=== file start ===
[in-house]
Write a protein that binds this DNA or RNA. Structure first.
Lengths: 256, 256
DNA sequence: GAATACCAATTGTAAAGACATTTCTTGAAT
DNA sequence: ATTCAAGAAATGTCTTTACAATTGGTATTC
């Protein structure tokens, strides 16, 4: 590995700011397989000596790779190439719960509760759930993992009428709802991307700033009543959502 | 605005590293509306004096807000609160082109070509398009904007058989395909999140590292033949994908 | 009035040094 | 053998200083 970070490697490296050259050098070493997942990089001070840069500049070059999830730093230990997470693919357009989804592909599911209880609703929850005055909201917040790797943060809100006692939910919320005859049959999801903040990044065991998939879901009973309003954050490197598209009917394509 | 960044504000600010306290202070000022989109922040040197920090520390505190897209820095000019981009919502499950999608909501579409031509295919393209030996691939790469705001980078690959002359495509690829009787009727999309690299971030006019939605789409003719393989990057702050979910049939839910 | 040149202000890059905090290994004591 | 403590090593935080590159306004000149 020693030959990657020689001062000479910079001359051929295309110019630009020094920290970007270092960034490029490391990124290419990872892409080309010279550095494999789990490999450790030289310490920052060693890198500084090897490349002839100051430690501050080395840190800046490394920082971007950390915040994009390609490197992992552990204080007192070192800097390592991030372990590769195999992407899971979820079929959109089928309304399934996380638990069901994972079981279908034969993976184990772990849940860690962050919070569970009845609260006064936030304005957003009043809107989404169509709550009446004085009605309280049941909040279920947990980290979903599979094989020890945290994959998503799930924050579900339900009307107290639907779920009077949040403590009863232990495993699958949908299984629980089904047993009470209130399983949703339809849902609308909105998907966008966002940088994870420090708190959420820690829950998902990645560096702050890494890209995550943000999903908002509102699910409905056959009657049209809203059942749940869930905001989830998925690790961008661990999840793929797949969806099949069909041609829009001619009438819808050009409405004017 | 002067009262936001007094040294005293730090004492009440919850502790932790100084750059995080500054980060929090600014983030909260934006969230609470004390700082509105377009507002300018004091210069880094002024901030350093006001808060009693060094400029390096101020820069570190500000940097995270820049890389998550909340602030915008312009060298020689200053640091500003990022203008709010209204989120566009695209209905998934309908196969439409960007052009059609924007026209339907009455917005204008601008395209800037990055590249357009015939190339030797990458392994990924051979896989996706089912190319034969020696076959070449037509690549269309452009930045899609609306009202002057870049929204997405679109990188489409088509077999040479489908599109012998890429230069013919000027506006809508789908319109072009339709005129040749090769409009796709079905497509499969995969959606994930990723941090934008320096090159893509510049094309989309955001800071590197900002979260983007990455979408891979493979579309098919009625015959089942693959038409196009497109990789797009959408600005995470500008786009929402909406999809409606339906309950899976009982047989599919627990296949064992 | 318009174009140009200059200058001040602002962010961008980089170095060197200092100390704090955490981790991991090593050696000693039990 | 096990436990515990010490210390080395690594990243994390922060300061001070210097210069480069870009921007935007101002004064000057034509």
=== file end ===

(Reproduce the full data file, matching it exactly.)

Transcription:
[in-house]
Write a protein that binds this DNA or RNA. Structure first.
Lengths: 256, 256
DNA sequence: GAATACCAATTGTAAAGACATTTCTTGAAT
DNA sequence: ATTCAAGAAATGTCTTTACAATTGGTATTC
């Protein structure tokens, strides 16, 4: 590995700011397989000596790779190439719960509760759930993992009428709802991307700033009543959502 | 605005590293509306004096807000609160082109070509398009904007058989395909999140590292033949994908 | 009035040094 | 053998200083 970070490697490296050259050098070493997942990089001070840069500049070059999830730093230990997470693919357009989804592909599911209880609703929850005055909201917040790797943060809100006692939910919320005859049959999801903040990044065991998939879901009973309003954050490197598209009917394509 | 960044504000600010306290202070000022989109922040040197920090520390505190897209820095000019981009919502499950999608909501579409031509295919393209030996691939790469705001980078690959002359495509690829009787009727999309690299971030006019939605789409003719393989990057702050979910049939839910 | 040149202000890059905090290994004591 | 403590090593935080590159306004000149 020693030959990657020689001062000479910079001359051929295309110019630009020094920290970007270092960034490029490391990124290419990872892409080309010279550095494999789990490999450790030289310490920052060693890198500084090897490349002839100051430690501050080395840190800046490394920082971007950390915040994009390609490197992992552990204080007192070192800097390592991030372990590769195999992407899971979820079929959109089928309304399934996380638990069901994972079981279908034969993976184990772990849940860690962050919070569970009845609260006064936030304005957003009043809107989404169509709550009446004085009605309280049941909040279920947990980290979903599979094989020890945290994959998503799930924050579900339900009307107290639907779920009077949040403590009863232990495993699958949908299984629980089904047993009470209130399983949703339809849902609308909105998907966008966002940088994870420090708190959420820690829950998902990645560096702050890494890209995550943000999903908002509102699910409905056959009657049209809203059942749940869930905001989830998925690790961008661990999840793929797949969806099949069909041609829009001619009438819808050009409405004017 | 002067009262936001007094040294005293730090004492009440919850502790932790100084750059995080500054980060929090600014983030909260934006969230609470004390700082509105377009507002300018004091210069880094002024901030350093006001808060009693060094400029390096101020820069570190500000940097995270820049890389998550909340602030915008312009060298020689200053640091500003990022203008709010209204989120566009695209209905998934309908196969439409960007052009059609924007026209339907009455917005204008601008395209800037990055590249357009015939190339030797990458392994990924051979896989996706089912190319034969020696076959070449037509690549269309452009930045899609609306009202002057870049929204997405679109990188489409088509077999040479489908599109012998890429230069013919000027506006809508789908319109072009339709005129040749090769409009796709079905497509499969995969959606994930990723941090934008320096090159893509510049094309989309955001800071590197900002979260983007990455979408891979493979579309098919009625015959089942693959038409196009497109990789797009959408600005995470500008786009929402909406999809409606339906309950899976009982047989599919627990296949064992 | 318009174009140009200059200058001040602002962010961008980089170095060197200092100390704090955490981790991991090593050696000693039990 | 096990436990515990010490210390080395690594990243994390922060300061001070210097210069480069870009921007935007101002004064000057034509």